Monday, May 22, 2017

COMICS: A Hydra Captain America is boring.

No matter how spoiler-shy you are, you already know what's up with Cap: in the hands of Nick Spencer, not only was Steve Rogers always part of Hydra, but making him a good guy was an alteration of history. We've been assured that Secret Empire will make all this nonsense okay, but I'm not holding my breath.

Now, let me lay a few things out here, and the first one is probably going to ruffle a few feathers: I'm not against a story featuring Captain America as a Hydra agent.

Before the Woke Police come to tear me down, hear me out. This doesn't apply to everyone. Like I'd have big, big problems with Magneto being a Hydra agent, for example. Mainly because there are less than zero ways you can justify that, no matter how good a writer you are.

But -- and stay with me here -- those of you who are big comic book fans could probably name at least one writer who wouldn't heck up a story with the core theme of "Captain America works for Hydra." Not Nick Spencer's exact concept, no. But you can almost certainly think of one person in the industry who could take that core conceit and make it not be a dumpster fire.

That's the thing. As a writer, I'm all about bending and breaking things. I love writing genre-breaking stuff. I love walking that bleeding edge and doing the thing you've 100% been told not to do, provided it turns out good. If I do it and it turns out bad? Then I pushed too far and I did it wrong, and I don't get try-hard points for risk-taking.

I also don't believe problematic subject matter is off limits. How can we learn about it, and learn from it, unless we engage with it? Fiction is a way for us to do that. So even for social reasons, I don't believe the topic is off-limits. I just think that, no matter how shocking the subject matter appears, you need someone guiding it who really knows what they're doing.

The thing is, people are allowed to write crappy comics. Nick Spencer is allowed to do this. He can pass it off as "encouraging a conversation," then slap on a "just kidding" ending that will totally make Nazi Cap wielding Mjolnir totally okay because oh this twist explains it all.

But here's my thing: a Hydra Captain America is boring.

So I'm going to make this really easy for you -- I'm not even gonna call Hydra "Nazis" from here on out. Because I know there are plenty of you who could quote me chapter and verse why, semantically speaking Hydra are totally not Nazis. So fine. I'll follow your goalposts. We can agree that they are the face of Smartly Uniformed Fascism in the Marvel universe, though, right? And we can agree that Hydra is the opposite of what Cap fights for (prior to all this), right? Can we be on the same page there? Hopefully so.

So look. Making Cap always having been in Hydra is just... it's Opposite Day is all it is. It's a simple, pointless writing exercise. It's not clever. At best, "What if [character] was the exact opposite of [character]" is a Saturday morning cartoon plot. As I said, you could probably think of a good writer who could make something of it... but that's because it would require a good writer since the concept of just making the character not be the character is grossly unimaginative.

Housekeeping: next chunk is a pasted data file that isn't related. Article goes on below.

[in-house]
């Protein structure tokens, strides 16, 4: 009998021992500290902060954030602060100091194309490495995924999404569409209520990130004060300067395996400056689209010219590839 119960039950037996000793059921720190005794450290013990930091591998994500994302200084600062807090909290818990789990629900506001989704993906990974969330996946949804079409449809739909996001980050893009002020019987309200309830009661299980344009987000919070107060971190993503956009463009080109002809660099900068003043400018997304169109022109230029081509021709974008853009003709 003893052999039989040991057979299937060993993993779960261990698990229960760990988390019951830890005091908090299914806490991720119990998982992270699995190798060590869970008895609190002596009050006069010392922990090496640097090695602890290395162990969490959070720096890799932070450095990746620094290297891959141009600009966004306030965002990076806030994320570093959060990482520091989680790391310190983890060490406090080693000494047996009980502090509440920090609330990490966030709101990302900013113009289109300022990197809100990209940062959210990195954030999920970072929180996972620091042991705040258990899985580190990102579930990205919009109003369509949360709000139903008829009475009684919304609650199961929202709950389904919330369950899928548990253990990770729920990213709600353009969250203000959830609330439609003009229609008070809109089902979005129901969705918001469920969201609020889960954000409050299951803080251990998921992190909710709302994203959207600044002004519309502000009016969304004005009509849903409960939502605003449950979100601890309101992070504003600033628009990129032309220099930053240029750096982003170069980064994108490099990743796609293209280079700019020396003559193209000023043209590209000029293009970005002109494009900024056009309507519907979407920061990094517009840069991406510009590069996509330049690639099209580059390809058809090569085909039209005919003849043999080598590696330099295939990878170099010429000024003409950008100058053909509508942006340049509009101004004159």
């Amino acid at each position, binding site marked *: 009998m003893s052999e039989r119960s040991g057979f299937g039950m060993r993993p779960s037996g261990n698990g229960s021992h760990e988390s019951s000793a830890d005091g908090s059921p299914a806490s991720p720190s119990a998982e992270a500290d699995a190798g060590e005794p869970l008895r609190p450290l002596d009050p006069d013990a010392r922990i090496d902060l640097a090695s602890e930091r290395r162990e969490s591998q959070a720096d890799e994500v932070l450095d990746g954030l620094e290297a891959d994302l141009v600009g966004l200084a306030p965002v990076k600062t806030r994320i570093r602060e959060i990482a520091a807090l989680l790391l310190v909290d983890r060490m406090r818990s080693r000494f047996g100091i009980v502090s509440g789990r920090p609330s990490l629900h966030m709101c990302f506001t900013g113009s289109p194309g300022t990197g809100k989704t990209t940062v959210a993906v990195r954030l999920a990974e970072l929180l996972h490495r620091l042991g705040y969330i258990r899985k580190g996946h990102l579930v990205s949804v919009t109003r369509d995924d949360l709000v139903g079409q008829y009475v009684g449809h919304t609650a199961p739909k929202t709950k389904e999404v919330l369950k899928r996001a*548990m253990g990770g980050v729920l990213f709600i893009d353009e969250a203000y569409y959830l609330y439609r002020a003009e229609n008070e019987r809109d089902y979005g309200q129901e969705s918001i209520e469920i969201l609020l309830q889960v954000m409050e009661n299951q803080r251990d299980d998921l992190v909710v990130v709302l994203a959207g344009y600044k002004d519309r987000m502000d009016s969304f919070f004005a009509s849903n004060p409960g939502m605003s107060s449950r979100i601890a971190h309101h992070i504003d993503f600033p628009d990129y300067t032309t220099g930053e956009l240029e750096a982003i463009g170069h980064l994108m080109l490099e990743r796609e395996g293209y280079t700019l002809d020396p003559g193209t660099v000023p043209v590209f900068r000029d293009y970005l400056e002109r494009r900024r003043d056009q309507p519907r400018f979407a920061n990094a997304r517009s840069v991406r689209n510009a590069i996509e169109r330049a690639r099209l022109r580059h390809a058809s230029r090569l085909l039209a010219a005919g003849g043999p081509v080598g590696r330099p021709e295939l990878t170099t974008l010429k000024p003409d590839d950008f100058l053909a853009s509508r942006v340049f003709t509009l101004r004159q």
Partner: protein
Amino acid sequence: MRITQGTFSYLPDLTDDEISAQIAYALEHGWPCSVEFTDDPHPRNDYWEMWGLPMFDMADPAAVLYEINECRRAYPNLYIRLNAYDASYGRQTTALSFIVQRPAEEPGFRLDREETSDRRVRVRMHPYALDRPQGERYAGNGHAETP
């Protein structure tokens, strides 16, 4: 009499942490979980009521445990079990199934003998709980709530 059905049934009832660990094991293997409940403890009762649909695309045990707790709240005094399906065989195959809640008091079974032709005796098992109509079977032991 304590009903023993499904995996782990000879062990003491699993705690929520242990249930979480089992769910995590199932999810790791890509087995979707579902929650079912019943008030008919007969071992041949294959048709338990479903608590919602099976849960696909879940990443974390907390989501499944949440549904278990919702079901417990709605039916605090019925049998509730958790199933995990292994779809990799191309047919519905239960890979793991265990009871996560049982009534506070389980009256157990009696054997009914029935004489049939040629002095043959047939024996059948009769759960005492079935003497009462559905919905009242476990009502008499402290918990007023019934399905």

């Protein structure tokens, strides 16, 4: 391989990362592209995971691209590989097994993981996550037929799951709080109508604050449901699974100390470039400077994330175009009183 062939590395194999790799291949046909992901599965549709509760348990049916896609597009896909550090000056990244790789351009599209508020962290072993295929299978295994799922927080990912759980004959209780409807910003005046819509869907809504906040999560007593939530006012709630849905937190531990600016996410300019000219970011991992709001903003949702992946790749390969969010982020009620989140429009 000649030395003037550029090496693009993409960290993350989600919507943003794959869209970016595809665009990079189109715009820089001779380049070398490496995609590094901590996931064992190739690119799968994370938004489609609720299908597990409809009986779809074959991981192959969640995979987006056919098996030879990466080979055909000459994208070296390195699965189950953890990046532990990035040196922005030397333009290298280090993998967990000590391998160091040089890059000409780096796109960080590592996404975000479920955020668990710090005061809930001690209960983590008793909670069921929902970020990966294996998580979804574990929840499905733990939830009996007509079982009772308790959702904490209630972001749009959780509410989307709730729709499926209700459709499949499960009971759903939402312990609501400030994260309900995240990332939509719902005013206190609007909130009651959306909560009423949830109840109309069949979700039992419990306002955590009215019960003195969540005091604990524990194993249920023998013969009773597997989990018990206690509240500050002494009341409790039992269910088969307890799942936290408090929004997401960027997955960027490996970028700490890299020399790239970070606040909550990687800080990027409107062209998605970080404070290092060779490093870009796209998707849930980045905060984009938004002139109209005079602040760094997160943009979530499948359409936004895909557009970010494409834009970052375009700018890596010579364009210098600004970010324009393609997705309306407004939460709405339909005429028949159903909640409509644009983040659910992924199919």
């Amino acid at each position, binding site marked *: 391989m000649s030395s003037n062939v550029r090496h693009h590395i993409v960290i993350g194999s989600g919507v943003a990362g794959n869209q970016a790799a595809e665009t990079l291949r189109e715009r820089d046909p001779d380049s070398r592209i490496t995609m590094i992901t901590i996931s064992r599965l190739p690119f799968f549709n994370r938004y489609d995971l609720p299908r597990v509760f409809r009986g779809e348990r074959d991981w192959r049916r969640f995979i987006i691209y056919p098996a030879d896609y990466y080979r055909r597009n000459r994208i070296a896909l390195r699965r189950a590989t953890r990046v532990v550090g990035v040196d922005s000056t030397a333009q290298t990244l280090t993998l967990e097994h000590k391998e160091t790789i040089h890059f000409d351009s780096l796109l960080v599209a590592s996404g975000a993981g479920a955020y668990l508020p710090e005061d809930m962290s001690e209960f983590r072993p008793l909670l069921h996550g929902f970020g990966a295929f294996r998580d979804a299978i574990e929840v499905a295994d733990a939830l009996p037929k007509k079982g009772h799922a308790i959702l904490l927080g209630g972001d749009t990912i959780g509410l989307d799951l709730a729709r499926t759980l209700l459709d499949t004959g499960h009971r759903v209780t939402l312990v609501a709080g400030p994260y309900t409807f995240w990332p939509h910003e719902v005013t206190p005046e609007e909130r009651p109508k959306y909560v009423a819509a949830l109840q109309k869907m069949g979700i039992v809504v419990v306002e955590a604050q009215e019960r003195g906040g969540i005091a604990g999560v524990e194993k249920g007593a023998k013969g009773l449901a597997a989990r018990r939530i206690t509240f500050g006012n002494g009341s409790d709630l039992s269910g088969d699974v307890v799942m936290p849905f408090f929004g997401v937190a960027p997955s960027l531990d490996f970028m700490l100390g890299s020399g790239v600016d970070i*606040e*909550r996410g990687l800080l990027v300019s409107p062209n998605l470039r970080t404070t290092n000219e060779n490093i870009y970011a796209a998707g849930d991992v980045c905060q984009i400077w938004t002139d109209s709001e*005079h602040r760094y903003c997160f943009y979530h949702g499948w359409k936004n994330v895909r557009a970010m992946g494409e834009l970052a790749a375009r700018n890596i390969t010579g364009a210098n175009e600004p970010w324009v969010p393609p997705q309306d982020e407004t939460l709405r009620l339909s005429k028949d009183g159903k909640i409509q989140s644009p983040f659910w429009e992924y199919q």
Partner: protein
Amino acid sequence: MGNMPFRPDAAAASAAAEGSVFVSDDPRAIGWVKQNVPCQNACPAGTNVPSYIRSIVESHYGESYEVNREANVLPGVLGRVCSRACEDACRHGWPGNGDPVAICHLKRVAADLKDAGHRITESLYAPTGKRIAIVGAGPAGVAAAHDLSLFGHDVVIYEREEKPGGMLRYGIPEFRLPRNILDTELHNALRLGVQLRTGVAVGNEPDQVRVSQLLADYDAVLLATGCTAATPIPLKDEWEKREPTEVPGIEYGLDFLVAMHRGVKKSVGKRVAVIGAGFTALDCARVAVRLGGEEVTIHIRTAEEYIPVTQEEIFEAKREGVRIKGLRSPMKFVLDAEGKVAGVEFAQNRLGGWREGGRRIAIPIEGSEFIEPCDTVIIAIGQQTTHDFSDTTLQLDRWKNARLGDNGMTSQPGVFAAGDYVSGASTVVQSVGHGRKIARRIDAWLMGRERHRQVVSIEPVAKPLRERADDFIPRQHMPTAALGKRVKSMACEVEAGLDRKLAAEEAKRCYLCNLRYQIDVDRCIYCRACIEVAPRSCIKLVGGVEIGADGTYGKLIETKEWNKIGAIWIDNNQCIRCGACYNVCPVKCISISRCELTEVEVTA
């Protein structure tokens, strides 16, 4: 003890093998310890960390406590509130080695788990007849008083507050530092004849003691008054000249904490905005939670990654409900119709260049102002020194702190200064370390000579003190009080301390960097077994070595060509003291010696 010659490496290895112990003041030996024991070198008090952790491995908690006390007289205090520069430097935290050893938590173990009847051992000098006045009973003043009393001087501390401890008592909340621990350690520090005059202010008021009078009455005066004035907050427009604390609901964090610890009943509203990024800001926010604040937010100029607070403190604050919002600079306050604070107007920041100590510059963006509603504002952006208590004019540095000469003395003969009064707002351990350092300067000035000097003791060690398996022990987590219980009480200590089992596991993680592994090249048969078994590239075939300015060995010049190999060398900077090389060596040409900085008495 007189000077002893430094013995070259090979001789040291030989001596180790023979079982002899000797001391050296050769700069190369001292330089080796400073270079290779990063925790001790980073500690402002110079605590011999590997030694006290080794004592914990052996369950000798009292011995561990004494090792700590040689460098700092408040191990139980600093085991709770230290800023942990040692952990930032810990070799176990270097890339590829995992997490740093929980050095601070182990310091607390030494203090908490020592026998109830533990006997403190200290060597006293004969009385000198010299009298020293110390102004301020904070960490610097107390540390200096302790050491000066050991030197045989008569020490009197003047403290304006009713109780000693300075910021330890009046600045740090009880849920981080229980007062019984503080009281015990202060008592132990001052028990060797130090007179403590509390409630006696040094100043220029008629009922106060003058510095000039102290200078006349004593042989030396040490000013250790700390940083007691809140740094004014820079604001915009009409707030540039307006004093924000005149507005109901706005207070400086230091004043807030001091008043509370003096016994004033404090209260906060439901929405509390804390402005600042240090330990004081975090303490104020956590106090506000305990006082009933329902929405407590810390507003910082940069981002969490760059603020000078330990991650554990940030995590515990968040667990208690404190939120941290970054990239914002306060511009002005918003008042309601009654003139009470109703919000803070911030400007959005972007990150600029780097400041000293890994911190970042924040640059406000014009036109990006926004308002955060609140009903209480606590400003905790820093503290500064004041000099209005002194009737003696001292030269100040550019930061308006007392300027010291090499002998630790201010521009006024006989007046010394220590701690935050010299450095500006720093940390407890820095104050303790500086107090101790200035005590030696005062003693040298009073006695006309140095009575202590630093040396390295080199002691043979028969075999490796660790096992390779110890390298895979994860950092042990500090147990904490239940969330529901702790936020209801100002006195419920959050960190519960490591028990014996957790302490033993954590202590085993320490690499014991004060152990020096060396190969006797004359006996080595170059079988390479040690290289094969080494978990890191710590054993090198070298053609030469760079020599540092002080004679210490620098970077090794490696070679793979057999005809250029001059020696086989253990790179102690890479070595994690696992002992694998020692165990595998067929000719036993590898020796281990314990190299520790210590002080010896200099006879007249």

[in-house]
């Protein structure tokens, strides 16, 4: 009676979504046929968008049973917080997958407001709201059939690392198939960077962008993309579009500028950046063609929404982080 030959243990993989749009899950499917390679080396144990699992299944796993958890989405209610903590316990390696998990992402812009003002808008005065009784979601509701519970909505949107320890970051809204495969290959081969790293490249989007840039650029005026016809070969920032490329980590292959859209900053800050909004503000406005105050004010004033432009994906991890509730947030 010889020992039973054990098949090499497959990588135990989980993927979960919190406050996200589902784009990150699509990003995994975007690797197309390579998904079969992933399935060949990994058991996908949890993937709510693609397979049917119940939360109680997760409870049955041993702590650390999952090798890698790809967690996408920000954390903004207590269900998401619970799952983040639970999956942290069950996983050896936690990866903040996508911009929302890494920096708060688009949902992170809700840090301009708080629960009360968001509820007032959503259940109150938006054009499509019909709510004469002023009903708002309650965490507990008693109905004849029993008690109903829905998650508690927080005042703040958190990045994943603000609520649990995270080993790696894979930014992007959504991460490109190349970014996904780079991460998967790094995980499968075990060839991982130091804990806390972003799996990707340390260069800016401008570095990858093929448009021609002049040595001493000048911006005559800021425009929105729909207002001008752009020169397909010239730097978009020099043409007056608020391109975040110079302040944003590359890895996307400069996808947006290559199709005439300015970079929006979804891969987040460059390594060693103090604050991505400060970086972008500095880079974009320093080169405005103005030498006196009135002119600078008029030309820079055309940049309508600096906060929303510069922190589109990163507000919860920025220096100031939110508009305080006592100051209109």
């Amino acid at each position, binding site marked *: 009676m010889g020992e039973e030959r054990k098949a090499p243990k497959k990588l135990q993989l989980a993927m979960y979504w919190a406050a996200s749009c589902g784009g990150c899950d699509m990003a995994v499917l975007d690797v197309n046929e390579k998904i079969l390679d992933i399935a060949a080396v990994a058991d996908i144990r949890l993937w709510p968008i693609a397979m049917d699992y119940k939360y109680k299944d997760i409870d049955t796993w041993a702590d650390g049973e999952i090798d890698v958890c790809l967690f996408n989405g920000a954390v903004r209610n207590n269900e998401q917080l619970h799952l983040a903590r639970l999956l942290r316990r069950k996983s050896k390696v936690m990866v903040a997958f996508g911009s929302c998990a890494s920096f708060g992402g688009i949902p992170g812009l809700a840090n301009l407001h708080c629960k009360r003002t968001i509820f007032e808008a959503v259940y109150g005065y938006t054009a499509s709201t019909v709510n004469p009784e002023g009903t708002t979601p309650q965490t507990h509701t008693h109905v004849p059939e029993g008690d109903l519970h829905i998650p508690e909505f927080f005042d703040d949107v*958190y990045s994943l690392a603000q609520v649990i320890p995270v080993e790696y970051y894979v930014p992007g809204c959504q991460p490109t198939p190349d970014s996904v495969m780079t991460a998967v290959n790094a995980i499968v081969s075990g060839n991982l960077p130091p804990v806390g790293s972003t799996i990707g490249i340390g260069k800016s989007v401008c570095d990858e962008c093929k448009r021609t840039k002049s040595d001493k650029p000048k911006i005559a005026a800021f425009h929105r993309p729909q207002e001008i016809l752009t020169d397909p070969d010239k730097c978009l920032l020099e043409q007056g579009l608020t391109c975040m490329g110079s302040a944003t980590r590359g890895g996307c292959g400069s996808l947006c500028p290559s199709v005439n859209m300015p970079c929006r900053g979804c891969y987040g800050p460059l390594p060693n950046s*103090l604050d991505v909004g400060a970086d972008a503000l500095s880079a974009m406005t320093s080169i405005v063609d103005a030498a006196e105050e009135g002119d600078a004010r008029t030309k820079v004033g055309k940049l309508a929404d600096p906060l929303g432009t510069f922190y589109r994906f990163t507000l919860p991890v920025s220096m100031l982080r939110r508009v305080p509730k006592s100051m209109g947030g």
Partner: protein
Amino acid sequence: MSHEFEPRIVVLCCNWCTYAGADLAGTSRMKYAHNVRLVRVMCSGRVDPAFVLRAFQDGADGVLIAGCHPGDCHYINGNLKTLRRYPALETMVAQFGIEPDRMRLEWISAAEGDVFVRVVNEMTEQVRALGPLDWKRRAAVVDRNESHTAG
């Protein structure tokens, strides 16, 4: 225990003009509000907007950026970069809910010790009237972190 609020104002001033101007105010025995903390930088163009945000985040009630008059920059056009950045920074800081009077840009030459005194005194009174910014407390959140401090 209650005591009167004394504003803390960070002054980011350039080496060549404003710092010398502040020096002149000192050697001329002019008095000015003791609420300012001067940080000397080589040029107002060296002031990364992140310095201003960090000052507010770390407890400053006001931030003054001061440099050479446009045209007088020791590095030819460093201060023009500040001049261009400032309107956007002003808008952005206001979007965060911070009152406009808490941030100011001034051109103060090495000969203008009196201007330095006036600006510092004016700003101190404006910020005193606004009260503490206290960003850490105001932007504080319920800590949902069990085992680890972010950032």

That's Part 1.

Part 2: let's pretend. Let's even kind of pretend. That this was original and clever. Spencer's right to play a dangerous game doesn't make the game any less dangerous. He's turning a hero into a villain, throwing away everything he stands for, and you're doing it now, when the country is already primed to bite itself in the neck.

We need a payoff.

I'm not saying there won't be a payoff. I peeped the spoilers for issue #2 and it looks like something is going on. But look. Spencer has played this game so hard, and upped the stakes so much, that he's going to need to blow everyone's tits clean off with this ending. Every time he gives the impression of glorifying fascism or unmaking a classic character, he's just upped his own stakes a bit.

Am I saying he can't do it? Honestly... I think he's making it very, very hard for himself. If he manages to come up with an ending twist so mind-blowing that it makes everything so far pale in comparison, then fair play to him and I'll eat my words and be super happy about it. But he's thrown way, way too many chips on the table so far.

A lot has fallen in the wake of Secret Empire: comic book shop owners angry at being asked to take part in a really awkward marketing scheme, long-time Marvel writers swearing never to write for them again, Spencer himself getting called out for what sorta-kinda appear to be his low-key beliefs. You can't tell me that, in 2017, no one thought that doing something like this might cause some serious upheaval.

So I'm just wondering: what the hell does Spencer have up his sleeve that he's willing to lose face, lose marketing, and turn Marvel collaborators against the company on the road to it?

Answer: I can't even remotely think of anything. Maybe I'm wrong. I'm ready as hell to be wrong. But I'm hard pressed right now.

Do I think you're in the wrong if you're enjoying this story or see no issue with it? No. Maybe you see something I don't. Maybe you've caught some plot threads that genuinely do lead to a mind-blowing twist. But my dislike of the current turn isn't at a writer taking a risk -- it's at a writer taking a needless risk in a bad way that, all things considered, isn't all that interesting or creative.

I look forward to having to rescind this entire post. But I'm not holding my breath.